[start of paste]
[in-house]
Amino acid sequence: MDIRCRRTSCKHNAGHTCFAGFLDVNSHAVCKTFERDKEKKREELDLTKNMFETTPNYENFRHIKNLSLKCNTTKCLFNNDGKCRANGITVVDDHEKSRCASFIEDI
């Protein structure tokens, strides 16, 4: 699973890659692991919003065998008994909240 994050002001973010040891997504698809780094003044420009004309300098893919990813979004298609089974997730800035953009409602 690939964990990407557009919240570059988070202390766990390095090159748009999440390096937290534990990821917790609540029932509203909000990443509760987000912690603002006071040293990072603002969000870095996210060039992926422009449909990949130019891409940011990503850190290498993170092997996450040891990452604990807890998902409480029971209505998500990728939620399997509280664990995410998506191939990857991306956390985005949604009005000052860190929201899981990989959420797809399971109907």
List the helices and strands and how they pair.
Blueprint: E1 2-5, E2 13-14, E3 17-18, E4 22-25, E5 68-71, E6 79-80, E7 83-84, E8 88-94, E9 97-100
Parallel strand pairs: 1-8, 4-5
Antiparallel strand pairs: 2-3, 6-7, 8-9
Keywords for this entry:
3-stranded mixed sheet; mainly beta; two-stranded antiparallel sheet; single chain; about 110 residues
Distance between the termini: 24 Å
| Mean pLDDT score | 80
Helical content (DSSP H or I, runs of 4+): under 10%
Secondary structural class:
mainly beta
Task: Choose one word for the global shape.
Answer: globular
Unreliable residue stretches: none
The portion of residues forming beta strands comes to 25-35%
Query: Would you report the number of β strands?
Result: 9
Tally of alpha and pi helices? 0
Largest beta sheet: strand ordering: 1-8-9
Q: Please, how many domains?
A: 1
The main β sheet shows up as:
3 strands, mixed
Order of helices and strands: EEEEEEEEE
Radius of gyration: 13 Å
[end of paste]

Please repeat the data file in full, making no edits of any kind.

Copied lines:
[in-house]
Amino acid sequence: MDIRCRRTSCKHNAGHTCFAGFLDVNSHAVCKTFERDKEKKREELDLTKNMFETTPNYENFRHIKNLSLKCNTTKCLFNNDGKCRANGITVVDDHEKSRCASFIEDI
């Protein structure tokens, strides 16, 4: 699973890659692991919003065998008994909240 994050002001973010040891997504698809780094003044420009004309300098893919990813979004298609089974997730800035953009409602 690939964990990407557009919240570059988070202390766990390095090159748009999440390096937290534990990821917790609540029932509203909000990443509760987000912690603002006071040293990072603002969000870095996210060039992926422009449909990949130019891409940011990503850190290498993170092997996450040891990452604990807890998902409480029971209505998500990728939620399997509280664990995410998506191939990857991306956390985005949604009005000052860190929201899981990989959420797809399971109907």
List the helices and strands and how they pair.
Blueprint: E1 2-5, E2 13-14, E3 17-18, E4 22-25, E5 68-71, E6 79-80, E7 83-84, E8 88-94, E9 97-100
Parallel strand pairs: 1-8, 4-5
Antiparallel strand pairs: 2-3, 6-7, 8-9
Keywords for this entry:
3-stranded mixed sheet; mainly beta; two-stranded antiparallel sheet; single chain; about 110 residues
Distance between the termini: 24 Å
| Mean pLDDT score | 80
Helical content (DSSP H or I, runs of 4+): under 10%
Secondary structural class:
mainly beta
Task: Choose one word for the global shape.
Answer: globular
Unreliable residue stretches: none
The portion of residues forming beta strands comes to 25-35%
Query: Would you report the number of β strands?
Result: 9
Tally of alpha and pi helices? 0
Largest beta sheet: strand ordering: 1-8-9
Q: Please, how many domains?
A: 1
The main β sheet shows up as:
3 strands, mixed
Order of helices and strands: EEEEEEEEE
Radius of gyration: 13 Å